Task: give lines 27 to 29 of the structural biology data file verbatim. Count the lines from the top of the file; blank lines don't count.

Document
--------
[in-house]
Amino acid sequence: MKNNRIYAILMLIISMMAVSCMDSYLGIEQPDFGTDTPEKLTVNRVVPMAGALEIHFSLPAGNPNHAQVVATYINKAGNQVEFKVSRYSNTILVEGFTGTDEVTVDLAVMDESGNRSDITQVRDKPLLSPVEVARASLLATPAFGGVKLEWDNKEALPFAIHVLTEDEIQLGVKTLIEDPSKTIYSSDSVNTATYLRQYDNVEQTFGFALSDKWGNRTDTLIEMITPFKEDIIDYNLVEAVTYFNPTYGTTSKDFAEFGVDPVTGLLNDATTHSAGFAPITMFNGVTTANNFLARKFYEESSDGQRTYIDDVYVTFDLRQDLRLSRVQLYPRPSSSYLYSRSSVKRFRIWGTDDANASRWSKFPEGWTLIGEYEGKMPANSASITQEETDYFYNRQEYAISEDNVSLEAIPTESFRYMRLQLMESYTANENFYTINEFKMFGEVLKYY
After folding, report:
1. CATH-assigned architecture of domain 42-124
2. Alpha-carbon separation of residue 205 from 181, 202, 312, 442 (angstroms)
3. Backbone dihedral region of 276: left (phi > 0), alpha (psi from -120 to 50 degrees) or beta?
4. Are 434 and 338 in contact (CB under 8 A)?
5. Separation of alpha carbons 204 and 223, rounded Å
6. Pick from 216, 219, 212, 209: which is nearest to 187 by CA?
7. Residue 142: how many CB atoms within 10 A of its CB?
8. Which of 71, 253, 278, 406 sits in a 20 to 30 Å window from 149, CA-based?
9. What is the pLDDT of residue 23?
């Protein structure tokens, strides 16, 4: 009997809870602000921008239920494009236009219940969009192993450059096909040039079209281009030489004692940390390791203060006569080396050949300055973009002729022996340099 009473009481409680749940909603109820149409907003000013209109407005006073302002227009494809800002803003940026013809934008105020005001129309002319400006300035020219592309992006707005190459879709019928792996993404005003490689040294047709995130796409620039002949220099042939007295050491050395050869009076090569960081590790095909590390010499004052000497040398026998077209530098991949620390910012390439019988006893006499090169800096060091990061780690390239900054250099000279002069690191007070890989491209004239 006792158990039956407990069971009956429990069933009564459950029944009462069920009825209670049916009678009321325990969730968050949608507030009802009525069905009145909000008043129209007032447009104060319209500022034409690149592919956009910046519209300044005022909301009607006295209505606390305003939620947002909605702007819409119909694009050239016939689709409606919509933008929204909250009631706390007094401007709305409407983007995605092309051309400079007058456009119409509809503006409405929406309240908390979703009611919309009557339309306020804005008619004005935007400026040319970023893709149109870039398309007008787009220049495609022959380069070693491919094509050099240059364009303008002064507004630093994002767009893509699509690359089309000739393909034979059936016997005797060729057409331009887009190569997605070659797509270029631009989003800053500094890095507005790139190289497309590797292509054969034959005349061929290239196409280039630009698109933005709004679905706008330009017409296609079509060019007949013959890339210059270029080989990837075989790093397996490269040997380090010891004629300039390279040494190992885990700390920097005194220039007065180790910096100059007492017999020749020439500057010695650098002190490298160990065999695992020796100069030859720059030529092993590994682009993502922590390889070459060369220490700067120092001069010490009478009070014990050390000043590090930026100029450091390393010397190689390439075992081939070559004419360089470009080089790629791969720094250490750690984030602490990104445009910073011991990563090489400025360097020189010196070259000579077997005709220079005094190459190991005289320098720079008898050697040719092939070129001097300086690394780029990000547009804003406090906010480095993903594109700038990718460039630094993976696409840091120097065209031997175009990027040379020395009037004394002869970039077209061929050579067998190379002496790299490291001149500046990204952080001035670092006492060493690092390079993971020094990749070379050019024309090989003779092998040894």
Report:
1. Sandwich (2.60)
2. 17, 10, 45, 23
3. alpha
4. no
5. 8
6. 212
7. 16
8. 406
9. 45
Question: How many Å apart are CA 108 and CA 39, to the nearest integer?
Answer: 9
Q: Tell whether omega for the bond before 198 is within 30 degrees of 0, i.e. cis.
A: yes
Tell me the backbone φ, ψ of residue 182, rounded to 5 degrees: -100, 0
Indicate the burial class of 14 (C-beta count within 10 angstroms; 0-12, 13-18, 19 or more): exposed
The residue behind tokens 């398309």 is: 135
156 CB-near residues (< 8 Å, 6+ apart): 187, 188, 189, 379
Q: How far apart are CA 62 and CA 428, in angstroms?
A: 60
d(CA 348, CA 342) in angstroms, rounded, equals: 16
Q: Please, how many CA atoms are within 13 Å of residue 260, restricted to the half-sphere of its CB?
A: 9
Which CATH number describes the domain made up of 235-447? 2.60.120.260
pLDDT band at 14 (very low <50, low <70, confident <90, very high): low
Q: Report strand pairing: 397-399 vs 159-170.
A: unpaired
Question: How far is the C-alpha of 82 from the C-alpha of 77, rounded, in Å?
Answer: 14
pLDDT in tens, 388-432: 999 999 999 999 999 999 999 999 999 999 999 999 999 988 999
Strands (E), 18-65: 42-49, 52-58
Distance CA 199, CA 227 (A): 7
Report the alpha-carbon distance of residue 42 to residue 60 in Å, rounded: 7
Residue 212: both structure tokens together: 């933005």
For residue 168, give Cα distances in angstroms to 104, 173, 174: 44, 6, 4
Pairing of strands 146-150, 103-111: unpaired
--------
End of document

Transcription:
A: yes
Tell me the backbone φ, ψ of residue 182, rounded to 5 degrees: -100, 0
Indicate the burial class of 14 (C-beta count within 10 angstroms; 0-12, 13-18, 19 or more): exposed